said. "We grow crystals in space that help us to better understand the
structure of crystals." He said this research might have applications in
developing pharmaceuticals and other products. "We do a lot of things we
can't do on Earth by using the microgravity of space," he said, explaining
that eliminating gravity makes research a lot easier.

Food is a favorite question topic, and the Woodford students were no
exception in posing one on the subject. Voss said that half of the crew's
meals are Russian cuisine, the other half American. Voss signed off by
urging the students to work hard in school and to do their best.

"I think everybody enjoyed it," said the Woodford County Amateur Radio
Club's Steve McFadden, KA4TJD, following the contact. "It's been a learning
experience for all of us."


Wealthy US businessman Dennis Tito, who hopes to be the first space tourist
aboard the International Space Station, now is an Amateur Radio operator.
Tito, 60, has been in Russia training to go into space. 

Last weekend a volunteer examination session was set up for Tito in Russia
and he passed the Technician exam. The FCC issued Tito the call sign KG6FZX
April 11. It's not clear at this point how Tito plans to use Amateur Radio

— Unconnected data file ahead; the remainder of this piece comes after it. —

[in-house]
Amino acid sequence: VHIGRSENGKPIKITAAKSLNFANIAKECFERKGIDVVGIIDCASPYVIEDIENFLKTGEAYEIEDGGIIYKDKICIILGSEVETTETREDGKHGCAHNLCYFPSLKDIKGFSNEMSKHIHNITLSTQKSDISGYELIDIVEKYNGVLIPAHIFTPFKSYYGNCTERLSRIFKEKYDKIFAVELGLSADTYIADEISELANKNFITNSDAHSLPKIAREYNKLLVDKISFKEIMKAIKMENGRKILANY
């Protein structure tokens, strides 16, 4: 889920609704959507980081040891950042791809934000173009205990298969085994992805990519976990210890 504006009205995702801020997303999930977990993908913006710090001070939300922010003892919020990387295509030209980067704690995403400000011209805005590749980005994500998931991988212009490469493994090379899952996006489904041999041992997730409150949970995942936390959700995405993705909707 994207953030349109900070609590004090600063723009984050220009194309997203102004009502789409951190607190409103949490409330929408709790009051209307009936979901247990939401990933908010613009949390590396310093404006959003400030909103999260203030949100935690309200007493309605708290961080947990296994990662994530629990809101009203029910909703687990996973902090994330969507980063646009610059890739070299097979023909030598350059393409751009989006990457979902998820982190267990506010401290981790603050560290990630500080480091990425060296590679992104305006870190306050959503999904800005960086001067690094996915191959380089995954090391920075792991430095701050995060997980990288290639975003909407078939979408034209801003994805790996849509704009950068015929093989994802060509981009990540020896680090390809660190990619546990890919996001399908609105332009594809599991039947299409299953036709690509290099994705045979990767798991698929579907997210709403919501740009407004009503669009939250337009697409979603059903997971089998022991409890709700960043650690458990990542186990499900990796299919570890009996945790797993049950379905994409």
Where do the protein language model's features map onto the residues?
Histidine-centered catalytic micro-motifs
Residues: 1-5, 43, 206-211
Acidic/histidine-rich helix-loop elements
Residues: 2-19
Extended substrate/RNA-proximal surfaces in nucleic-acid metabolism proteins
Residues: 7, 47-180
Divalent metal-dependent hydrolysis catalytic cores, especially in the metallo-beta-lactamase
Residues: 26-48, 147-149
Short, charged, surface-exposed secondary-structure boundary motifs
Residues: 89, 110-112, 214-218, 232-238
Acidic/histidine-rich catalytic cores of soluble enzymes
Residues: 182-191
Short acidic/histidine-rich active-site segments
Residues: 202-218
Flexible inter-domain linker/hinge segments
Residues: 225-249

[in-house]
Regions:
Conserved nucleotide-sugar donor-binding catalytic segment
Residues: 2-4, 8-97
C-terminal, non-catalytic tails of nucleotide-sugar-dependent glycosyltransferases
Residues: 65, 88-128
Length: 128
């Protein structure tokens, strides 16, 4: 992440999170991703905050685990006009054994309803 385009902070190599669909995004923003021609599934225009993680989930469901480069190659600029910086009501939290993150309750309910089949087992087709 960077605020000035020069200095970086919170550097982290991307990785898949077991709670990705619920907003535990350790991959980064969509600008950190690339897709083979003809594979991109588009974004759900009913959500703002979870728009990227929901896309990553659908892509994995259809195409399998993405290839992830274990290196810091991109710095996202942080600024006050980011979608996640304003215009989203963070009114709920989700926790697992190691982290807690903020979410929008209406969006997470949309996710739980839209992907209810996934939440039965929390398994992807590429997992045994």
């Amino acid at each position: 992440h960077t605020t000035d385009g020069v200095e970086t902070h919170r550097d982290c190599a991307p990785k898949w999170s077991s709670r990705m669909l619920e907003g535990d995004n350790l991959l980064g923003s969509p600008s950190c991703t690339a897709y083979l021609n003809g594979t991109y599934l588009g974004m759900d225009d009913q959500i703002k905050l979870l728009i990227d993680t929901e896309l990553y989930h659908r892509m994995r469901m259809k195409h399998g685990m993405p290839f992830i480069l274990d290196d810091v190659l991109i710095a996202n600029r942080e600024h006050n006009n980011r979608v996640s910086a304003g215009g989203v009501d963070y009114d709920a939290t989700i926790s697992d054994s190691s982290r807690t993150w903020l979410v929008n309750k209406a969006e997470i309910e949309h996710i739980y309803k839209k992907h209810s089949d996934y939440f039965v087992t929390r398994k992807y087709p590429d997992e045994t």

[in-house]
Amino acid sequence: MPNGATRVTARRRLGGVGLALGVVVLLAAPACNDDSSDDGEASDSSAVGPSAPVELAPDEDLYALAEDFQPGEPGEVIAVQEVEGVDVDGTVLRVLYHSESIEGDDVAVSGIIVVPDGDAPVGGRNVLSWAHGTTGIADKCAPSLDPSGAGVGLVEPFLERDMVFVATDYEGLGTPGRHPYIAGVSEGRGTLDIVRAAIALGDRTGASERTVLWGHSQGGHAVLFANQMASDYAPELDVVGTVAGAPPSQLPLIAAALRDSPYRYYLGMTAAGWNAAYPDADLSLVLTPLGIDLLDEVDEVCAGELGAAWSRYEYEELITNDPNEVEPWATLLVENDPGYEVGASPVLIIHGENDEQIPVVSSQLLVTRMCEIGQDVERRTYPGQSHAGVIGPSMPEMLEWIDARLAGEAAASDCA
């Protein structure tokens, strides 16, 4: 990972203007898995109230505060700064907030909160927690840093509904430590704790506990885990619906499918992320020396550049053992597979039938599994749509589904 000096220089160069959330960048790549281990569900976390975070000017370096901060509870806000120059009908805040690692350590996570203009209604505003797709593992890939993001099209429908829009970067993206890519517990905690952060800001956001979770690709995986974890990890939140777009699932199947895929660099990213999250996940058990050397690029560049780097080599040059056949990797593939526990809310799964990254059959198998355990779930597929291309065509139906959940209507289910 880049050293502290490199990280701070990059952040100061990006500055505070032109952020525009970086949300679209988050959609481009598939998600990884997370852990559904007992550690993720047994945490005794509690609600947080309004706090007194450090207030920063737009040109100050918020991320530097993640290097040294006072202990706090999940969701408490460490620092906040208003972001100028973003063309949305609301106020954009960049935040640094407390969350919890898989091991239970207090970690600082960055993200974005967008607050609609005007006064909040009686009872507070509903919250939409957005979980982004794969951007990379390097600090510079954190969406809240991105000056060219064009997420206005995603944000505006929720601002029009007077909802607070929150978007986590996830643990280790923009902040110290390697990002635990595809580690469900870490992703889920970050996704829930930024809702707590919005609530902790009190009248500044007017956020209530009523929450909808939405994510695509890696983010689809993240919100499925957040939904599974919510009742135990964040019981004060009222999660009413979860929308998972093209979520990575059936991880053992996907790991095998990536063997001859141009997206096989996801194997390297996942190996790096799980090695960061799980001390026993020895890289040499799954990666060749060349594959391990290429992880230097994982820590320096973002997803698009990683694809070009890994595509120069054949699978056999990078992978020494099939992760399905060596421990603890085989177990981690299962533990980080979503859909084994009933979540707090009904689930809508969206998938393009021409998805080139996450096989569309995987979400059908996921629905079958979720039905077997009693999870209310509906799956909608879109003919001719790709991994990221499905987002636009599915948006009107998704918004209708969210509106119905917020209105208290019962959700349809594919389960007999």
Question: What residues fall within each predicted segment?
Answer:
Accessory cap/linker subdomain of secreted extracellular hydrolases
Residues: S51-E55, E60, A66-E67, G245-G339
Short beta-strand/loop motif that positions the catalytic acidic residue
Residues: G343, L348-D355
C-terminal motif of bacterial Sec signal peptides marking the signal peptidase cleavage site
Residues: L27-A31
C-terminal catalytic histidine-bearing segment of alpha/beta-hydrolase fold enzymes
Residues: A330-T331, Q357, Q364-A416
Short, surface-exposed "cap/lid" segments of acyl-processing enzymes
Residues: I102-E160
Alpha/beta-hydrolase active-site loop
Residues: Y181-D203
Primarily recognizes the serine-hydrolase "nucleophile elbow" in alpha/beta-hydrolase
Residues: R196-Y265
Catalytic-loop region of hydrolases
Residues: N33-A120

aboard the ISS.

Press accounts say Russia has given Tito the go ahead to visit the ISS as
part of a three-man team that will blast off April 28 on a 10-day mission.
Tito reportedly is paying the cash-strapped Russian space program some $20
million for the privilege of being the first space tourist. Accompanying
Tito into space will be Talgat Musabayev as team commander, and Yuri Baturin
as onboard engineer. Tito reportedly will handle communications systems
during the flight. 

Tito, the founder of a California investment firm, studied aerospace
engineering in college and later worked for five years at NASA's Jet
Propulsion Lab. He told a news conference that he's excited about the
prospect of going into space and he's looking forward to the experience.
Tito had hoped to visit the Russian Mir space station, but those plans had